THUNDER BAY – Video games have come a long way since Atari Inc. released Pong in 1972.
Nearly 50 years later, competitive games is disrupting the entertainment industry landscape, with championships of games such as Fortnite or League of Legends selling out football stadiums, and broadcasting competitions to millions of people around the world.
On Saturday, roughly 50-or-so gamers filled two rooms at the Valhalla Inn to compete in Fortnite Duos with the chance to win $500 by the end of the Battle 4 Valhalla tournament.
According to Ryan Landry, owner of Morituri E-Sports, everybody has to start somewhere.
“There’s a lot of talent here. Now it’s about getting them confident to play in a venue like this so they can get recognized,” Landry said. “I can see the potential for some of these kids being the next ‘Bugha,’”
Kyle “Bugha” Giersdorf is a 16-year-old boy from Pennsylvania who won $3 million at the 2019 Fortnite World Cup, and the newest snarky response from kids whose parents tell them they are wasting time staring in front of the screen.
While a million dollar pay-day may not be the most realistic end-game to taking up the sport, Landry says the tournament provides legitimate career options, and gives a platform to a group of young people that once felt alienated.
“For those kids who don’t have the size to play football, or don’t have the speed to play track and field, but have the hand-eye coordination of a surgeon without the stomach to handle that… Well, eSports is a choice for them.”
It isn’t just playing the game either. Landry said the rapidly growing industry is offering more and more for people interested in gaming design, production, and communications.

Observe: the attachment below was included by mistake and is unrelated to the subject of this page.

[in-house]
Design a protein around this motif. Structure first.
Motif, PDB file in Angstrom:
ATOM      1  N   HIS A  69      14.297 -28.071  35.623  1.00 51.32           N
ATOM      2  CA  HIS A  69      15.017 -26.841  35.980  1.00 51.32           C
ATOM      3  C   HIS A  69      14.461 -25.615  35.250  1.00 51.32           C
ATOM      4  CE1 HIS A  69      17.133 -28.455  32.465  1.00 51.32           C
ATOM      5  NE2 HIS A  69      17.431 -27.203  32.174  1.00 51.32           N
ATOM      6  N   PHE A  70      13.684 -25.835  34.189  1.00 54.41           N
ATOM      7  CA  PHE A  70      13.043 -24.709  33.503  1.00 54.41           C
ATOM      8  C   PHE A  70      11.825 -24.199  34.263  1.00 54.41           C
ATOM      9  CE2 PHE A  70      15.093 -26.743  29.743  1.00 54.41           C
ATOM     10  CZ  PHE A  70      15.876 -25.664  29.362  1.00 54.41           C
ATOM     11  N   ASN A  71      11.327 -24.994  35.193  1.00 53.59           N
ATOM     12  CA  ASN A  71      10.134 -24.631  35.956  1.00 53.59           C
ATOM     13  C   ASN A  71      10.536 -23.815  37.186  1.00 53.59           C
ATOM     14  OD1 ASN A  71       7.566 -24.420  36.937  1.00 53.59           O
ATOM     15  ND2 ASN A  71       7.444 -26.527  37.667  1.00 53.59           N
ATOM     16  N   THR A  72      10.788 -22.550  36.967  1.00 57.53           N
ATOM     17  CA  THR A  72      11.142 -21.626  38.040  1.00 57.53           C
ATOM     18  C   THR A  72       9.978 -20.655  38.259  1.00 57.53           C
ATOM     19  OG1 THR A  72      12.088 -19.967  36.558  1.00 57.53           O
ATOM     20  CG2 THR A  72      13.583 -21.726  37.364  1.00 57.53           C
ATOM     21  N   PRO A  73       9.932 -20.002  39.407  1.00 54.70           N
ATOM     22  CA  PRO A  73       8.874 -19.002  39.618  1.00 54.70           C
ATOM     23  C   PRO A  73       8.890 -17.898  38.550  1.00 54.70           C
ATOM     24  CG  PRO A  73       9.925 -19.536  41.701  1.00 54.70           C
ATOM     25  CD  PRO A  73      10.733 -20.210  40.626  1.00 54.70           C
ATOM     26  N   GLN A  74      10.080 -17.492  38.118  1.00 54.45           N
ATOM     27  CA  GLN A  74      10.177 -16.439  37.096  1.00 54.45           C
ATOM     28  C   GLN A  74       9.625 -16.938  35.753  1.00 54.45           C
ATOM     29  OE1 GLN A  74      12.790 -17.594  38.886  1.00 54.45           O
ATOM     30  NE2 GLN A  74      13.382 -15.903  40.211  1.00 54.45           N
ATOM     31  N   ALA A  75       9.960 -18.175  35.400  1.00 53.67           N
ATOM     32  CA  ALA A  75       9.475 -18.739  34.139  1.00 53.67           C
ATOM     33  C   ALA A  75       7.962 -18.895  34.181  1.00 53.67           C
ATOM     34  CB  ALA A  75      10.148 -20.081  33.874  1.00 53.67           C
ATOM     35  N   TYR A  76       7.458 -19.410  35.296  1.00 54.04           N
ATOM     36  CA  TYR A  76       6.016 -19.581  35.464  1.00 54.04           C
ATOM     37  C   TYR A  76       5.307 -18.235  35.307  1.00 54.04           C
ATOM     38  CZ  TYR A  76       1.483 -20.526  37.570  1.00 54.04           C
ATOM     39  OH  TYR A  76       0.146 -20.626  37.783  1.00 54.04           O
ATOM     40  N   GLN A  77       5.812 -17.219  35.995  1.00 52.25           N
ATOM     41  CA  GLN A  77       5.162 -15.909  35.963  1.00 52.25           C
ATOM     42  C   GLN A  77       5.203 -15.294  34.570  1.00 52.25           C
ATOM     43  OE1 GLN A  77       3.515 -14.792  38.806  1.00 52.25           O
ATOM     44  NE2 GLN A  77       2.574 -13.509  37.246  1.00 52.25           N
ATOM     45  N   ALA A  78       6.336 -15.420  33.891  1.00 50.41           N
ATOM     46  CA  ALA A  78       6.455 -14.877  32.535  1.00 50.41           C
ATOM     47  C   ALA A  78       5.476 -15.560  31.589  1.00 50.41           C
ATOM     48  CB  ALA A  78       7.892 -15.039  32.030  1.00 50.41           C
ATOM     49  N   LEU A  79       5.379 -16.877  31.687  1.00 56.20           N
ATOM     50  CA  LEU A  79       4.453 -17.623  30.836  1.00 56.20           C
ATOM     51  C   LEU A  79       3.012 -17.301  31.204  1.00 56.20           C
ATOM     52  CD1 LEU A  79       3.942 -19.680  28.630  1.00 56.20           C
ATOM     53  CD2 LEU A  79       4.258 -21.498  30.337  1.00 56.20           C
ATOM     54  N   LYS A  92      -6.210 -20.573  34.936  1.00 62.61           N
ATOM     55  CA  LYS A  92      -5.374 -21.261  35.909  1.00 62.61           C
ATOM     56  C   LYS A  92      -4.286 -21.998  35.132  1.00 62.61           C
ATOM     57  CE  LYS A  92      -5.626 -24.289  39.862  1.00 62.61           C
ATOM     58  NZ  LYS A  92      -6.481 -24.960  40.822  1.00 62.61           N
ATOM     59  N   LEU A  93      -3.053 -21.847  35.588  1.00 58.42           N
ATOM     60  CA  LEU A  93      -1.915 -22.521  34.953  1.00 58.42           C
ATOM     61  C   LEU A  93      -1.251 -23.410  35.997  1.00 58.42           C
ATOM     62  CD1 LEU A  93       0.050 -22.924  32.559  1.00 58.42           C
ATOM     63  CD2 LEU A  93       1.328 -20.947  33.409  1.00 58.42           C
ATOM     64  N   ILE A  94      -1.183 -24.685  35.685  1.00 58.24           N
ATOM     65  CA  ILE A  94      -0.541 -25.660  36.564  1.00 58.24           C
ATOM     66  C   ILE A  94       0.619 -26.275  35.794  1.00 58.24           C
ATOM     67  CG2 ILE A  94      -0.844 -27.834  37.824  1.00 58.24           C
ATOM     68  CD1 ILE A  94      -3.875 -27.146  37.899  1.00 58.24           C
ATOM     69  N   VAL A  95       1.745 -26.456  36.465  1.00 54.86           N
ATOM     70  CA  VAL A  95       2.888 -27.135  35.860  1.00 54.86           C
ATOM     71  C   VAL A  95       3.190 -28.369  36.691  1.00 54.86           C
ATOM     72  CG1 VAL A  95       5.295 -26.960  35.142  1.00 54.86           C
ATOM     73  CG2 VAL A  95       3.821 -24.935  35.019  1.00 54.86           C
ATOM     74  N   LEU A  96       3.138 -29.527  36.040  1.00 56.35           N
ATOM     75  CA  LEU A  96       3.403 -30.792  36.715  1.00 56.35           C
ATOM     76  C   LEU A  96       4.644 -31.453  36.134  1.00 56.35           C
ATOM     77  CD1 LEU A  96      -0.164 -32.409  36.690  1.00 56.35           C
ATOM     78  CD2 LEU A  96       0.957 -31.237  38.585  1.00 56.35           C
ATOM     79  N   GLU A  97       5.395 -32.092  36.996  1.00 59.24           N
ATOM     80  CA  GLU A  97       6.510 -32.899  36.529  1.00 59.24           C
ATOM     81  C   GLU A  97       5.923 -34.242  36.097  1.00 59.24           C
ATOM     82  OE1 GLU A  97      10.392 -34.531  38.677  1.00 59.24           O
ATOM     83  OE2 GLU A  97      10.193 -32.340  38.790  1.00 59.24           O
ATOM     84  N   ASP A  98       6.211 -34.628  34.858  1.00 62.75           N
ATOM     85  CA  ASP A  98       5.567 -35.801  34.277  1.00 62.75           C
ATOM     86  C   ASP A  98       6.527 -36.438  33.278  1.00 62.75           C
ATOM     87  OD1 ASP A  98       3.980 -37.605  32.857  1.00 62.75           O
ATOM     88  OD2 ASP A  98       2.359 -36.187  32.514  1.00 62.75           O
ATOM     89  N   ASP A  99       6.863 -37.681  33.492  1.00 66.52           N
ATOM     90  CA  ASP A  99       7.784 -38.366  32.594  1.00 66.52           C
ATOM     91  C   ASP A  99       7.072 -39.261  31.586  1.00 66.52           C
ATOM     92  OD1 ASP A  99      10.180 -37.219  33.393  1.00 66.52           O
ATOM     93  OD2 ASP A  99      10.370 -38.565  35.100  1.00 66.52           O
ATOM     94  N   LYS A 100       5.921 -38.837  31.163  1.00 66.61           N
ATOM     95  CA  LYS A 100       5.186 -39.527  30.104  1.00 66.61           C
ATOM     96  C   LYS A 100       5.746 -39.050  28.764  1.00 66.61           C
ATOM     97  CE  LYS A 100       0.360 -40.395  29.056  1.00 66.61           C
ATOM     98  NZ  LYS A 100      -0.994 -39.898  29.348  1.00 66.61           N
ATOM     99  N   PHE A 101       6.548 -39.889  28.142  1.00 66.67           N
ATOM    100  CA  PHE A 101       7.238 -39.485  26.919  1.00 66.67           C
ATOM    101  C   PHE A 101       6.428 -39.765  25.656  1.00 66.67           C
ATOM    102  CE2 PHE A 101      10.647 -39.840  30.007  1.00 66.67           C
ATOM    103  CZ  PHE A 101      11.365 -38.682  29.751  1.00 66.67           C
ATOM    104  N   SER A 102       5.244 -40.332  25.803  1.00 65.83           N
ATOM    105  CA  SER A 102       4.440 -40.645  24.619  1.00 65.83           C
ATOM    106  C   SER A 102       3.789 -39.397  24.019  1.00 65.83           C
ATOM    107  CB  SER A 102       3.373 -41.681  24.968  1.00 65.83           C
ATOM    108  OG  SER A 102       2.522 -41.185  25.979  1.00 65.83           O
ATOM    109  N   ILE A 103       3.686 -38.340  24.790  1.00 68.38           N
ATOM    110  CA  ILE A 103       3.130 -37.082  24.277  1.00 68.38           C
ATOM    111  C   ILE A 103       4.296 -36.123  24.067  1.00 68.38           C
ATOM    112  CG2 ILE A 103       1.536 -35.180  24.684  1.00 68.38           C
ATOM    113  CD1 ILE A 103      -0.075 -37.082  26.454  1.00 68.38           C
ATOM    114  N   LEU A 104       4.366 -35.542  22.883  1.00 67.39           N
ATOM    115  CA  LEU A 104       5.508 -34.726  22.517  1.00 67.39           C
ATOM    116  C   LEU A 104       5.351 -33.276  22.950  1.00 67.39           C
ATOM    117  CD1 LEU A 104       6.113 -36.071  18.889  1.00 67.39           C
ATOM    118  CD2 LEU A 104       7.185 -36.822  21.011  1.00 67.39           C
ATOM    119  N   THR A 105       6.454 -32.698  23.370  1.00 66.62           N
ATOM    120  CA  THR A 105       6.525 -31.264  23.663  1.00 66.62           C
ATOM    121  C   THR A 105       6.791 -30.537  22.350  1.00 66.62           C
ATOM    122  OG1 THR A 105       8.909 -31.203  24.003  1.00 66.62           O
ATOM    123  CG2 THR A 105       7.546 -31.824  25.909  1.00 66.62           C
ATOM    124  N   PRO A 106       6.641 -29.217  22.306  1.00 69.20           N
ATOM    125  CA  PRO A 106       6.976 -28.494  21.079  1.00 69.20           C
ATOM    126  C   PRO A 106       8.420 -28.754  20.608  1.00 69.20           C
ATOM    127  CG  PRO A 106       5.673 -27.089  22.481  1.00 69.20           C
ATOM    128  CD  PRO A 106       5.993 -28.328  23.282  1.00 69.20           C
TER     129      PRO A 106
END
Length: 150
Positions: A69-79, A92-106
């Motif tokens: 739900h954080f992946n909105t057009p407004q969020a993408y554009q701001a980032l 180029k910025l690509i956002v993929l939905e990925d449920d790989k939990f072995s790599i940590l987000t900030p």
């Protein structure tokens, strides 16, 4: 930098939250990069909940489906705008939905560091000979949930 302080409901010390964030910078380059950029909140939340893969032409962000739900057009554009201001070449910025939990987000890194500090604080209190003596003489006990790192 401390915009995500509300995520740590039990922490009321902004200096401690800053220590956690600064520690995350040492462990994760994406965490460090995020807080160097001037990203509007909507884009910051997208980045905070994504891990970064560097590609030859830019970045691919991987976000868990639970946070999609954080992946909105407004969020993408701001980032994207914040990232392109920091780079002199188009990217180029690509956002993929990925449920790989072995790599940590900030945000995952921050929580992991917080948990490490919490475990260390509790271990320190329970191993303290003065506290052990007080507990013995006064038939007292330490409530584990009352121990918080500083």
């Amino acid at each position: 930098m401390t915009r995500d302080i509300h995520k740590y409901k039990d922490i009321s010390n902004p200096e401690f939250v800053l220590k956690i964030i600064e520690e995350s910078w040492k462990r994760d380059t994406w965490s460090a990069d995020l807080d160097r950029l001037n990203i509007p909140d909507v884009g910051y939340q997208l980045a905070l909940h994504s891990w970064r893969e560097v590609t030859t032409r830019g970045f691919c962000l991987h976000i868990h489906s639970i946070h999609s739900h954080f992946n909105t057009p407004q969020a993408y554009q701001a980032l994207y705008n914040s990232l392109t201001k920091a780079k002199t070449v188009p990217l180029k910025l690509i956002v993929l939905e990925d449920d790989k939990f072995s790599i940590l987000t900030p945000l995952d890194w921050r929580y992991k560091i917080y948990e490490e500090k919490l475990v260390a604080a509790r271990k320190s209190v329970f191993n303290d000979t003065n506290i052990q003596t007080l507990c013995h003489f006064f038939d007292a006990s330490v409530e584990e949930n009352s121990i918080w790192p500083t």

“There’s a lot of money to be made for kids, adults, and young adults for video games.”
Landry, who owns Moriture E-Sports which is currently the only independent gaming organization in Thunder Bay. Created in 2016, his team has gone as far as Las Vegas and California to compete in tournaments.
Landry envisioned the organizations to be a uniter for kids who may have had a hard time doing so without the platform.
“With our history of First Nations student coming in for school and that, we want to make a place where people can make friendships quickly. Video games are a great uniter, I believe.”
Courtis Rapley, a member of the Thunder Bay Smash Bros. Club, says the Battle 4 Valhalla helped bring a number of smaller gaming communities to the same venue for the first time.
“Our group is small, but we’re all very passionate about it. So we’d love for people to join us,” Rapley said.
The group of 20-or-so competed for the $200 ‘ultimate’ division prize, and $200 ‘melee’ division prize.
Like any sport, Rapley had some preparations to take care of before the smash.
“It’s a lot more intense. You have to practice and train. There’s a lot of technical skill that goes into it, there’s a lot of mind games involved as well.”
Four years ago, Rapley’s game disc deleted and he had to quickly unlock all the characters he once had, using YouTube videos to accelerate the process. That’s when he came across the competitive gaming group.
“I was super interested in it because (Smash Bros) is very nostalgic to me. I played it my whole childhood, and now there’s this whole different scene.”
Whether because of childhood nostalgia, or love of competition, there’s over $5,000 to be won throughout the weekend. Sunday will feature the championships of Fortnite, Apex Legends, Smash Bros., Counter Strike, and FIFA.
“We thought, there’s a demand for this to happen in Thunder Bay,” said Amy Chiappetta, sports sales manager at the Valhalla Inn. “It’s happening in different communities on smaller levels, but we wanted to do something on a different level with lighting, music, streaming, and all that good stuff.”